Setting aside the Coretta Scott King and Pura Belpré awards for a moment, can you help us answer these questions?

Note #1: In my author hat, I'm thrilled for all of the winners and so proud to see children's books making headlines. Congratulations, one and all! But in teacher mode, I am encouraging a focus on marginalized and powerless children and so invite you to join the discussion.

Note #2: If you're curious why some ethnic book awards like the American Indian Library Association's awards weren't on the ALA's official press release or on the main awards page, librarian Edith Campbell provides an explanation and a roundup of the winners.

Questions for Gene Luen Yang, Author of BOXERS AND SAINTS

Today I'm thrilled to host Gene Yang, one of the contributors to Open Mic Anthology (Candlewick), via skype in my Jan Term class at Saint Mary's College of California. My students have prepared questions to ask him, and here are a few:

  • Do you find that because of your background as a Chinese-American, you have integrated your own characteristics into some of the characters? Especially because of your ancestry, do you feel a connection with the characters you have created?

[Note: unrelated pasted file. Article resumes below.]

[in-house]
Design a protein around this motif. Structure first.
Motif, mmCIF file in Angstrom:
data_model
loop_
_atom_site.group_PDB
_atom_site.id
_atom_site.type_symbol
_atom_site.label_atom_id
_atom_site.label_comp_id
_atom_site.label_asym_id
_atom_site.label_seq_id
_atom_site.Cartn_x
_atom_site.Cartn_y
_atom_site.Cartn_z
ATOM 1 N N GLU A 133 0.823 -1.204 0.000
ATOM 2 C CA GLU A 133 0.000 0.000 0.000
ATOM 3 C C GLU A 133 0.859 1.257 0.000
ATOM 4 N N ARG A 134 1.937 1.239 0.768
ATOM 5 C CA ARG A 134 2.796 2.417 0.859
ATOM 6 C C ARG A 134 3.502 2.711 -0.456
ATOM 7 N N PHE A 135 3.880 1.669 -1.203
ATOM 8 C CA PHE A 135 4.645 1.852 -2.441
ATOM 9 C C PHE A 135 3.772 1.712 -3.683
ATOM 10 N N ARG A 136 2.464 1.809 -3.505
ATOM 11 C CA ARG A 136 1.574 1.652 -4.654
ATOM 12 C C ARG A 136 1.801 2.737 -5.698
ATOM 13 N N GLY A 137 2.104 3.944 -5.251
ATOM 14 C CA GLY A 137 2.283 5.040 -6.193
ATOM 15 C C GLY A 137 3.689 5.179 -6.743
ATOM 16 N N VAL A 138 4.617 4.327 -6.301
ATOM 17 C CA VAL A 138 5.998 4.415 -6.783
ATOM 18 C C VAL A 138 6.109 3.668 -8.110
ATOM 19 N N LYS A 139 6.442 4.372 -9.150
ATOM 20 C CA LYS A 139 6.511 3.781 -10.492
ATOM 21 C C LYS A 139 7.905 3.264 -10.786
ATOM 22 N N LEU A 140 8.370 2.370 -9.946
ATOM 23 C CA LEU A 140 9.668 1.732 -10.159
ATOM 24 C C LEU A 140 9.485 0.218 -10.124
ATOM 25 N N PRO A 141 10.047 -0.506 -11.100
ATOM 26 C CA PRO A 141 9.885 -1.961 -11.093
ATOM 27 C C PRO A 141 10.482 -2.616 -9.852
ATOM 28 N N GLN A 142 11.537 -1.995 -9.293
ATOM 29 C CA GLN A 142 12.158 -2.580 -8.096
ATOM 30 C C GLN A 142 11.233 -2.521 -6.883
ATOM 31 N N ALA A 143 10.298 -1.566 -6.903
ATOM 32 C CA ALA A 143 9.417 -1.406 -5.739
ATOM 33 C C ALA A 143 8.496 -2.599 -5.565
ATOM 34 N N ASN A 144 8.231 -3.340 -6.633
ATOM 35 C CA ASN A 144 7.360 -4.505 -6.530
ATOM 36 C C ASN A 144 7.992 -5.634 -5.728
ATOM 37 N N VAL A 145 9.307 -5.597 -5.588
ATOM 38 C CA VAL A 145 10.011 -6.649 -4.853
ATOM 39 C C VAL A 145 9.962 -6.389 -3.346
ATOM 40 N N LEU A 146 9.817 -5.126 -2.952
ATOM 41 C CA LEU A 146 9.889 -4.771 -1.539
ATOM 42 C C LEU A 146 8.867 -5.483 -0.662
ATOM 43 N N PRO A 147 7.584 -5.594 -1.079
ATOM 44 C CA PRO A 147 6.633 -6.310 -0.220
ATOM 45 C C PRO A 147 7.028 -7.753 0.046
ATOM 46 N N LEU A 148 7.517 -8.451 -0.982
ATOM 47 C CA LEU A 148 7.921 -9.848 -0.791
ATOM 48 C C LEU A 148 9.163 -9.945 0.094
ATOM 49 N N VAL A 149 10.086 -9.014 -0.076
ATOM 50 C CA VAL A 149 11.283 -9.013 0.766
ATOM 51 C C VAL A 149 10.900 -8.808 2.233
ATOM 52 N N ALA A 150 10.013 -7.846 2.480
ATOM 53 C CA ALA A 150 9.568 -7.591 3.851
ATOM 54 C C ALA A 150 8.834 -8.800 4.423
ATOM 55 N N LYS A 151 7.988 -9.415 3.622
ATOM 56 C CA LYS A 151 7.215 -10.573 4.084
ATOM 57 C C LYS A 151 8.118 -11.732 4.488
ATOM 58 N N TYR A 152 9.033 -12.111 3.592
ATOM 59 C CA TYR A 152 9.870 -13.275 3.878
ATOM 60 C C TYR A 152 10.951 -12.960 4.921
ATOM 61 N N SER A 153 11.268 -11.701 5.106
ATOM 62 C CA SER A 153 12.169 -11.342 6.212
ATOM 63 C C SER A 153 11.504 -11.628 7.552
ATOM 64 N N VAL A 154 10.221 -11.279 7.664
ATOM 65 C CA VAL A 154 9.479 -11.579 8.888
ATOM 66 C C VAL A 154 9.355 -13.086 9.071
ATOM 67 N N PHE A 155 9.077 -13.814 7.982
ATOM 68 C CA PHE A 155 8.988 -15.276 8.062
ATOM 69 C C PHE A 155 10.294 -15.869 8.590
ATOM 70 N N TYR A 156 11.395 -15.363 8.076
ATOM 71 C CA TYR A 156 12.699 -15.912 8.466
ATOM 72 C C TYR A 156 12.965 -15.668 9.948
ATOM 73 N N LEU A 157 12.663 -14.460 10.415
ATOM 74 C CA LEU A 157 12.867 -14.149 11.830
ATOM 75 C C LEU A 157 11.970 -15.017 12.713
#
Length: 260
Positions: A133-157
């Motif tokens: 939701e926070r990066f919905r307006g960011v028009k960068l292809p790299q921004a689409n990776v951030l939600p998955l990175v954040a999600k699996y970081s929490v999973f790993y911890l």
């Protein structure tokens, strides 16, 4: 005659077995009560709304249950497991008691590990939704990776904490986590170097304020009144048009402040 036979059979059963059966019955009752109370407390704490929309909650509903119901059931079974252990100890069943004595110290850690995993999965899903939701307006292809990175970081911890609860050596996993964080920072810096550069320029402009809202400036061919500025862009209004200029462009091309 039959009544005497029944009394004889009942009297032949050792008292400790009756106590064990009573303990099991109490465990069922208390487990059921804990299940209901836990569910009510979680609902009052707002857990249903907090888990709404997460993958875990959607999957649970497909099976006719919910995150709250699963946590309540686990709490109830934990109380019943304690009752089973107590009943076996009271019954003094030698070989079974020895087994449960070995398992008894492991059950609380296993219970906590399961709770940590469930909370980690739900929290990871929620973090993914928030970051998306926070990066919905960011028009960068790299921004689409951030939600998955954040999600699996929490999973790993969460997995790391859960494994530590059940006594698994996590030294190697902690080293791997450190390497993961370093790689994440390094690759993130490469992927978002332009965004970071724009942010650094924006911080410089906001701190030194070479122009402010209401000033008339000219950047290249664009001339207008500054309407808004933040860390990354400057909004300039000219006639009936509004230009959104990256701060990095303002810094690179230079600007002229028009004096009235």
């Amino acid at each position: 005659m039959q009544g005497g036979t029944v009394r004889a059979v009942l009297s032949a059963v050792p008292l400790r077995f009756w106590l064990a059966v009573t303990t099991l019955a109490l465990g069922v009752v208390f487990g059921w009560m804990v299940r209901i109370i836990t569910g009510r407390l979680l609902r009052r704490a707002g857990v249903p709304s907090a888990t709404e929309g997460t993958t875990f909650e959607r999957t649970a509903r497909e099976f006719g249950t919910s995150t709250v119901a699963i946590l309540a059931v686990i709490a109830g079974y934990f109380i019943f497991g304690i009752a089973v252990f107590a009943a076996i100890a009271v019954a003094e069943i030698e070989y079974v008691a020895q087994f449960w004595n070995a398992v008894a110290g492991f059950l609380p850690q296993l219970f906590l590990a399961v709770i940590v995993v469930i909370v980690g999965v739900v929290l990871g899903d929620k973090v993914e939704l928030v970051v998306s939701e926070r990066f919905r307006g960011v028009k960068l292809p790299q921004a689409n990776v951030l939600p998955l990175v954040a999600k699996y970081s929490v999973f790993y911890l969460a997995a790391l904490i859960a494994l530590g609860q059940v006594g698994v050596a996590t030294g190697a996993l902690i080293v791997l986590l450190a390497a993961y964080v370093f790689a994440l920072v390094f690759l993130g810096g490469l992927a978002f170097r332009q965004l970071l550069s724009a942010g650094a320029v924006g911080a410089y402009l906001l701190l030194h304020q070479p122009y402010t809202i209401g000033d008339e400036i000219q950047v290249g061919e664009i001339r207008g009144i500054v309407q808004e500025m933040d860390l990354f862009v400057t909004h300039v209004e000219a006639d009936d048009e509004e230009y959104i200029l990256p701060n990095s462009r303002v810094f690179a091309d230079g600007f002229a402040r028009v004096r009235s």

• Have you ever been criticized for not having an authentic-enough experience to write your stories, considering you are Chinese-American? If yes, what is your response to critics?
  • What made you write about the Boxer Rebellion? What is more special about this event than others in Chinese history that made you spend precious time on this subject?
  • What kind of research did you have to do to make the story more authentic since you were originally born in California? Was your upbringing more American or Chinese and how did this contribute?
  • How does your faith play a role when writing your stories?

Can't wait to hear Gene's answers. If you haven't read BOXERS AND SAINTS, I couldn't put it down. Historical fiction in graphic novel format is going to be my preference from this day forward. Here's some of what I wrote Gene after I finished it: "I love how Vidiana was able to protect her enemy with the Lord’s prayer. In the middle of such chaos and despair, you showed—with finesse and restraint—how one girl’s faith can make a difference. Thank you."

    Race, Culture, and Power in Children's Stories

    Once again, my Jan Term course at Saint Mary's College of California called "Race, Culture, and Power in Children's Stories" is underway. Here's the first part of my syllabus:

    Why are children’s stories so powerful? Who has the right to tell stories about marginalized communities? This course will explore the question of authenticity in storytelling and unmask explicit and implicit messages about race, power, and culture communicated through books for young readers. A secondary course goal is to help students improve their analytical writing.